Observers are expecting France to stay true to nuclear power at the expense of renewables following a change in environment minister this month.
François de Rugy, a former Ecologist Party member, took up the post of Minister of Ecological and Solidary Transition at the beginning of September after the surprise resignation of his predecessor, Nicolas Hulot.
Despite de Rugy’s green credentials, the minister’s appointment was seen as a setback for plans to cut nuclear’s portion of the French energy pie in favor of renewables.
“Nuclear is once again back as the solution to decarbonize France,” Yamina Saheb, a senior energy policy analyst at OpenExp, a Paris-based sustainability network, told GTM. “At this stage, it’s unclear what will be the future of renewables.”
One of de Rugy’s first moves following his appointment was to announce a review of France’s energy mix. The review is due to be published at the end of October.
According to Saheb: “It seems like one of the reports commissioned by the government recommends investing in more nuclear plants.”
Hulot, a TV personality who came to fame by making nature documentaries, quit in August after becoming frustrated with the slow progress of environmental policies in the face of powerful French lobbies.
Reuters described the resignation as “a major blow to President Emmanuel Macron’s already tarnished green credentials.”
One of Macron’s campaign pledges in the elections last year was to uphold plans to cut the share of nuclear generation in France’s electricity system to 50 percent by 2025, down from around 75 percent today, according to World Nuclear Association figures.
But in December 2017, Macron appeared to backtrack on his promise. “Nuclear is not bad for carbon emissions,” he conceded. “It’s even the most carbon-free way to produce electricity with renewables.”
State utility Électricité de France, which would have had to foot the bill in the event of a nuclear shutdown, saw shares climb the day after de Rugy’s appointment. The value of the company was up by almost 7 percent a fortnight later.
Meanwhile, the renewable industry in France is enjoying mixed fortunes. France this month joined the race to commercialize floating offshore wind, putting a 2-megawatt demonstration machine called Floatgen into operation off the Loire-Atlantique coast.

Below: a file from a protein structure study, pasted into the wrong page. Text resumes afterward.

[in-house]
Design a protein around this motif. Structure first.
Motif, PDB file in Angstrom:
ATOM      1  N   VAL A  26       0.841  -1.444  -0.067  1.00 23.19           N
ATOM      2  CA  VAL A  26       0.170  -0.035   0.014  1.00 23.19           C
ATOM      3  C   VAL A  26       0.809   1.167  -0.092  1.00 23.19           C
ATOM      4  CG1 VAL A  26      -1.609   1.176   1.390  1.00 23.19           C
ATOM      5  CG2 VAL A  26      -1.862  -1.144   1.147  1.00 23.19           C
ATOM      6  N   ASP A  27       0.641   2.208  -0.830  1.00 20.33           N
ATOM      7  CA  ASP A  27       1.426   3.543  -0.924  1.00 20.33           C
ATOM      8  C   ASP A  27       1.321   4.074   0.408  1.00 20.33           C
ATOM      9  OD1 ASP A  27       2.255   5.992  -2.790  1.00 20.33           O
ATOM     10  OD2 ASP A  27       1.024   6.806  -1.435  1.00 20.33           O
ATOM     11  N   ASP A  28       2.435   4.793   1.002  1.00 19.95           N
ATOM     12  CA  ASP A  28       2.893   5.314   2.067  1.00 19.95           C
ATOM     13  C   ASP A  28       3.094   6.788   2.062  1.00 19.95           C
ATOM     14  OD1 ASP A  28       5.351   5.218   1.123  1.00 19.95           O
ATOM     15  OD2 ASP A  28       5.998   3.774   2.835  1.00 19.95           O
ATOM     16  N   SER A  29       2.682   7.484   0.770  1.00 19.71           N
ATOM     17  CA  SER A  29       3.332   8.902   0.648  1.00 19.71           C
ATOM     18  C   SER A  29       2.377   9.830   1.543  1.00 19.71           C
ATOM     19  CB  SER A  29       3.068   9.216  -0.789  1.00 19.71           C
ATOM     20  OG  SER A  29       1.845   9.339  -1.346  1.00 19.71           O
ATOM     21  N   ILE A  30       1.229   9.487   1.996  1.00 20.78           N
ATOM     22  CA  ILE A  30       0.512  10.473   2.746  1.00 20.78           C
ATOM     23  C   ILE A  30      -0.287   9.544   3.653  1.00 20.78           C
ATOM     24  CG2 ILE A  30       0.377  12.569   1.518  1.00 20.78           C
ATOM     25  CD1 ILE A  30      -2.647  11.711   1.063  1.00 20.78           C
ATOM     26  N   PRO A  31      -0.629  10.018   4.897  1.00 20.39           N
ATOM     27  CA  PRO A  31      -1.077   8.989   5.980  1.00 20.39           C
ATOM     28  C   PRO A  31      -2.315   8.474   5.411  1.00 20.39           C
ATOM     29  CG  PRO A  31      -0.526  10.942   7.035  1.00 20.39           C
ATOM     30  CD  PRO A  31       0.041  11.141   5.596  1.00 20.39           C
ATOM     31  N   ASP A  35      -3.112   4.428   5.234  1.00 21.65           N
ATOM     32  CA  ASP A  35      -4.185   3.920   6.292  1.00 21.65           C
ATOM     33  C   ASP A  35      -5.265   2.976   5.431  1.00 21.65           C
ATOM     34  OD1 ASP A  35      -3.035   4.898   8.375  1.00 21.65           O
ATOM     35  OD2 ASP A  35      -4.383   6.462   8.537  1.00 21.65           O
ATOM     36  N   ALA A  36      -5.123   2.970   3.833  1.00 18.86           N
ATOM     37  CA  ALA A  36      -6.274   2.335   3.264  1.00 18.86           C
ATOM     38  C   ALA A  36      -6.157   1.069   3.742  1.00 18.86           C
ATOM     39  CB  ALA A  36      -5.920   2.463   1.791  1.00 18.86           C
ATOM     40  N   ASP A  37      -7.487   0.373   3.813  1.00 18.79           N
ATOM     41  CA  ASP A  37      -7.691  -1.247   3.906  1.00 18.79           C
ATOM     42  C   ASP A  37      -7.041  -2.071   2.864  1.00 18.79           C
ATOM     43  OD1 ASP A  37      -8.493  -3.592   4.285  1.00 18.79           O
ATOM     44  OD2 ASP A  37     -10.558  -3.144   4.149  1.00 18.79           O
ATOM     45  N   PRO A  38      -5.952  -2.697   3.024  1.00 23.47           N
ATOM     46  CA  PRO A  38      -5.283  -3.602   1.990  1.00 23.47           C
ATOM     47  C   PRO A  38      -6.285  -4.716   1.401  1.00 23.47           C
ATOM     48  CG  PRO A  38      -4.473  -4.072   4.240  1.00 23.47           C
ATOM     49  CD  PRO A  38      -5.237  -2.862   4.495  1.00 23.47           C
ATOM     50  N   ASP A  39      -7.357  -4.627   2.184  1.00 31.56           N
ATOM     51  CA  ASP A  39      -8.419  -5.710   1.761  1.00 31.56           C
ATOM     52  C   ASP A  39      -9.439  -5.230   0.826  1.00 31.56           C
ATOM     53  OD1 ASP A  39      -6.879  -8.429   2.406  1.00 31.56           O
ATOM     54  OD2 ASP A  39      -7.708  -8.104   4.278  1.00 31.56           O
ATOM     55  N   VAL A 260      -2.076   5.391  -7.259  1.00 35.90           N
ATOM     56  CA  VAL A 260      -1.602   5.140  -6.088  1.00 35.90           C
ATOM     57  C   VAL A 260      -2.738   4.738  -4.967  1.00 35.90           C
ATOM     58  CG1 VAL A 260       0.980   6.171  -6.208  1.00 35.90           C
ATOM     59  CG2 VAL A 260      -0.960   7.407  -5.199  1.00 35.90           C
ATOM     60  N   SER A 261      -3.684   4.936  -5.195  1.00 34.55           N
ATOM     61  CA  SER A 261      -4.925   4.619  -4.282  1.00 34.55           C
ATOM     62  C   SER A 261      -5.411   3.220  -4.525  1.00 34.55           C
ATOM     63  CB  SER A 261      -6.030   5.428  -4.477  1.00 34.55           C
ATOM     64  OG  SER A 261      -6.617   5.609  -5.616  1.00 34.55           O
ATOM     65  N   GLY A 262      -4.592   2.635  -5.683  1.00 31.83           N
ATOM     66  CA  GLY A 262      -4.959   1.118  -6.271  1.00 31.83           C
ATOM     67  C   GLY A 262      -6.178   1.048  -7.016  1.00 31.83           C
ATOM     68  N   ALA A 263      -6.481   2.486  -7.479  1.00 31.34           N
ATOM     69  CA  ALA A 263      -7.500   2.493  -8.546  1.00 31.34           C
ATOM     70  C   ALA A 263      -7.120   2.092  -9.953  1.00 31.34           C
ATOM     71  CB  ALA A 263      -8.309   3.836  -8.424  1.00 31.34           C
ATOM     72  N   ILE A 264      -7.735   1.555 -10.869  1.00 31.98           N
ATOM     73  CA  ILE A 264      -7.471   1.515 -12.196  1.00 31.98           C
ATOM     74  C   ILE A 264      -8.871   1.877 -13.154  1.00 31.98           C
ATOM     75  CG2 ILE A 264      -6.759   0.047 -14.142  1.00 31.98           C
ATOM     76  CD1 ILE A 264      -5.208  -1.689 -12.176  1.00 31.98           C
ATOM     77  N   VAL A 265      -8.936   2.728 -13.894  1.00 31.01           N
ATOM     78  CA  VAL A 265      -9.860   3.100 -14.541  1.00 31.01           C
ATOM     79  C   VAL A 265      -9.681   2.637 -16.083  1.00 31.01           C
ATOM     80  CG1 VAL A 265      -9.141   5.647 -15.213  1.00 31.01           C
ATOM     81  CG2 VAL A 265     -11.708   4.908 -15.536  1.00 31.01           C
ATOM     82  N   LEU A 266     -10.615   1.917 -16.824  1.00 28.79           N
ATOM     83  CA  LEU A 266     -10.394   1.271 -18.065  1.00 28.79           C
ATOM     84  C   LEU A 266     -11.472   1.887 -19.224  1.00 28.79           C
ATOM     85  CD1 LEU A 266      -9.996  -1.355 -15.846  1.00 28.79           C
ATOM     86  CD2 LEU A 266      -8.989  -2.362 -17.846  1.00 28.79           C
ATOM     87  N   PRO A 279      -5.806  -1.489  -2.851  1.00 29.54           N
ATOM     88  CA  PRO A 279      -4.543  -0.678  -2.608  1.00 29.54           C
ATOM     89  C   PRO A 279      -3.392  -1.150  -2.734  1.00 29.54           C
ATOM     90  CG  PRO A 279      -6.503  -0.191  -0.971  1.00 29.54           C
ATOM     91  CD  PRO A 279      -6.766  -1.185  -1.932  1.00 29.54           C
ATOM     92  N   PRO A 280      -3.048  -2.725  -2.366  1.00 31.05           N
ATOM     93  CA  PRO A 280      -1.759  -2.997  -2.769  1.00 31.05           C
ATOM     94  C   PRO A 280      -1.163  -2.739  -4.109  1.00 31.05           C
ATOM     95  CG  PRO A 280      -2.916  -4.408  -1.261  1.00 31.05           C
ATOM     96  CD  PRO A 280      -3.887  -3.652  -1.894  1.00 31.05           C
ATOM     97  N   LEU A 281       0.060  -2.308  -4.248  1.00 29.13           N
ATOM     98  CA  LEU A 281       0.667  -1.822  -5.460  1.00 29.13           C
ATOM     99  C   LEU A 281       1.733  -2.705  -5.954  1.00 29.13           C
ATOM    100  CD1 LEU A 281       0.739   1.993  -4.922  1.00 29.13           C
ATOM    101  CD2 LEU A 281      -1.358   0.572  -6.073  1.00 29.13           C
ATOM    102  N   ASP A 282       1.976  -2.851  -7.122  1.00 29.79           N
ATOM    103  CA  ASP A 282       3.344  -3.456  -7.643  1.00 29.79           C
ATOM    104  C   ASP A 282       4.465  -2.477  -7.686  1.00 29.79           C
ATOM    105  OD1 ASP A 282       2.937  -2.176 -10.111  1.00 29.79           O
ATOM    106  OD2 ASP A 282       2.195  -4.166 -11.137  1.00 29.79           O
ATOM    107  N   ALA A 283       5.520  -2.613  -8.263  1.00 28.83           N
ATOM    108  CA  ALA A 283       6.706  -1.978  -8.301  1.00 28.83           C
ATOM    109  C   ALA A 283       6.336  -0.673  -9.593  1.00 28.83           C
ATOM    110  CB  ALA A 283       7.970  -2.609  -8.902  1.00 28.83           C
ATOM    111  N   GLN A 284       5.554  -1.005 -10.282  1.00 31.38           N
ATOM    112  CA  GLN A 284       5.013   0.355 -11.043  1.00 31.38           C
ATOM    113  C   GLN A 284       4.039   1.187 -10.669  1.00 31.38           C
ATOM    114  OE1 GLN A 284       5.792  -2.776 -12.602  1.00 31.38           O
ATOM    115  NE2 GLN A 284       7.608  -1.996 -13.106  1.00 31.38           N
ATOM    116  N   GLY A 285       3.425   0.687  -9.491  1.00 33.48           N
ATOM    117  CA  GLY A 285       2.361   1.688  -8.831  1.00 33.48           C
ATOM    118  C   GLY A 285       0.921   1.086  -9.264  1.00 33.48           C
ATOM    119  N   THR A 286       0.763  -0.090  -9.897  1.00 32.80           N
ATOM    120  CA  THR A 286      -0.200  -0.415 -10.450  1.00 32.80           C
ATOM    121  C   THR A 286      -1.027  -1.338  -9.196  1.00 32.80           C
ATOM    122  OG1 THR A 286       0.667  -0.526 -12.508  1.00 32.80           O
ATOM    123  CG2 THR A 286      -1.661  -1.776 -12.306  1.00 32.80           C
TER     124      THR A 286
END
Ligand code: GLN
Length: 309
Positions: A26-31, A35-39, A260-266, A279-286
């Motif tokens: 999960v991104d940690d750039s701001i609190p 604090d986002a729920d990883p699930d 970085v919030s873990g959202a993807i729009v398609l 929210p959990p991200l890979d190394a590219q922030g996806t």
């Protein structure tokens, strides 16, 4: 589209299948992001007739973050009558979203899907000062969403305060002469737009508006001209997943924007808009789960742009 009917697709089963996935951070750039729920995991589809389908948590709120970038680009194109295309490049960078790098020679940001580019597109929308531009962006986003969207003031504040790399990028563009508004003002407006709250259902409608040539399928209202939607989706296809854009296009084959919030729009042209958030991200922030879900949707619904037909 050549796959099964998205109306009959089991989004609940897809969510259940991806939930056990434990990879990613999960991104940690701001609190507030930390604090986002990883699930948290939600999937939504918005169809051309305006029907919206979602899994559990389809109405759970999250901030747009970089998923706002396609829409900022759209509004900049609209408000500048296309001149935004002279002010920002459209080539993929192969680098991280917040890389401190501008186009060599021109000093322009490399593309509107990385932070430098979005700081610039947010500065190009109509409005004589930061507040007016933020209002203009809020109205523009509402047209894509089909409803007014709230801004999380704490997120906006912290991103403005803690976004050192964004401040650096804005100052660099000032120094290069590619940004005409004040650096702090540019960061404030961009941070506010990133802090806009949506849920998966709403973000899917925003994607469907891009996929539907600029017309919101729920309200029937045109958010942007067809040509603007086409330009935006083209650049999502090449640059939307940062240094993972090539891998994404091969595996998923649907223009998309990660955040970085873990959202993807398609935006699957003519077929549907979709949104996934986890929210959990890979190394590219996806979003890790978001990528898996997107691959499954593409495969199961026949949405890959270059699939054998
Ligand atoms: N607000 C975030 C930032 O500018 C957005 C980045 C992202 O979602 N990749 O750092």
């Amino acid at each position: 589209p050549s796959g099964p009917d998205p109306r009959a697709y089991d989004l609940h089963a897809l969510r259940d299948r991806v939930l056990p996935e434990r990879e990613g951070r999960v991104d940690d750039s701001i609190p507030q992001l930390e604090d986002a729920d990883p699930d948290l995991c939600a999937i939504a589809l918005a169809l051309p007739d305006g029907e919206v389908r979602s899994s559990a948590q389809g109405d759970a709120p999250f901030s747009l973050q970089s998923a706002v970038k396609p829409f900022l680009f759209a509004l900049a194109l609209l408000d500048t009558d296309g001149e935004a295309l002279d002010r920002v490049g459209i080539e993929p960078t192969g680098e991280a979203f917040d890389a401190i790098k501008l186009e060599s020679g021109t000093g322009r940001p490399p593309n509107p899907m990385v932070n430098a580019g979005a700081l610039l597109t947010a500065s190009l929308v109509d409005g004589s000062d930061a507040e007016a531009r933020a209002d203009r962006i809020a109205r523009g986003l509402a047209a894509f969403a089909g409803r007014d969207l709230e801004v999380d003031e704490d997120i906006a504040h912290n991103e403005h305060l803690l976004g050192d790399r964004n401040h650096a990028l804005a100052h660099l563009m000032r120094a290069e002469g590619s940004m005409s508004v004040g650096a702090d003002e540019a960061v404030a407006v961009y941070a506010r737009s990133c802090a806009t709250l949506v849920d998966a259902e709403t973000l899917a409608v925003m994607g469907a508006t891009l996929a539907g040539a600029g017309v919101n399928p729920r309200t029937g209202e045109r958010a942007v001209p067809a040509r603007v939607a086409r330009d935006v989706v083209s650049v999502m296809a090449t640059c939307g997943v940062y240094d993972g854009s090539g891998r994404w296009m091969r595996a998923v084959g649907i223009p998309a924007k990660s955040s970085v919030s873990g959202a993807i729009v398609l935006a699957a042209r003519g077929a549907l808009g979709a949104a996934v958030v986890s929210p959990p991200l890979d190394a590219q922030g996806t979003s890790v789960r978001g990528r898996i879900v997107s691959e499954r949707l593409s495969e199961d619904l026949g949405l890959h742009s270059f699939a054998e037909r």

At the same time, though, the country’s latest onshore wind tender failed to secure bids for even a quarter of the capacity on offer.
The tender, France’s second, saw 118 megawatts of a total 500-megawatt allocation go to five projects, owned by Boralex of Canada, Elicio of Belgium, Engie of France and Renewable Energy Systems of the U.K. The average price of the bids was not disclosed.
The tender was part of plans for the procurement of 3 gigawatts of onshore wind across France.
The French paper Les Echos said the failure to allocate the full capacity was partly due to a change in the tendering process, whereby bidders had to have a project approval from regional authorities before being admitted to the auction.
The problem was exacerbated by the fact that permitting for new wind projects in France has been in limbo since December 2017, when courts upheld a legal challenge from an environmental group called France Nature Environment. FNE had complained that the permitting process was open to abuse, as the regional authorities providing wind farm permits were also responsible for evaluating environmental impact studies for the projects.
It is unclear when the permitting issues will be resolved, casting doubt over France’s ability to raise, in the short term, the amount of electricity generation that comes from renewables. The International Energy Agency puts France's current mix at 4 percent for wind and 2 percent for solar.
In a global market outlook up to 2022, the European solar association SolarPower Europe forecast France could still see gigawatt-scale capacity additions over the next four years.
But in a report last year on wind energy scenarios for Europe in 2030, the industry body WindEurope said that France, along with Ireland, the Netherlands and Luxembourg, would be likely to miss its binding target for renewable energy in 2020.
Recent events have done little to change that outlook.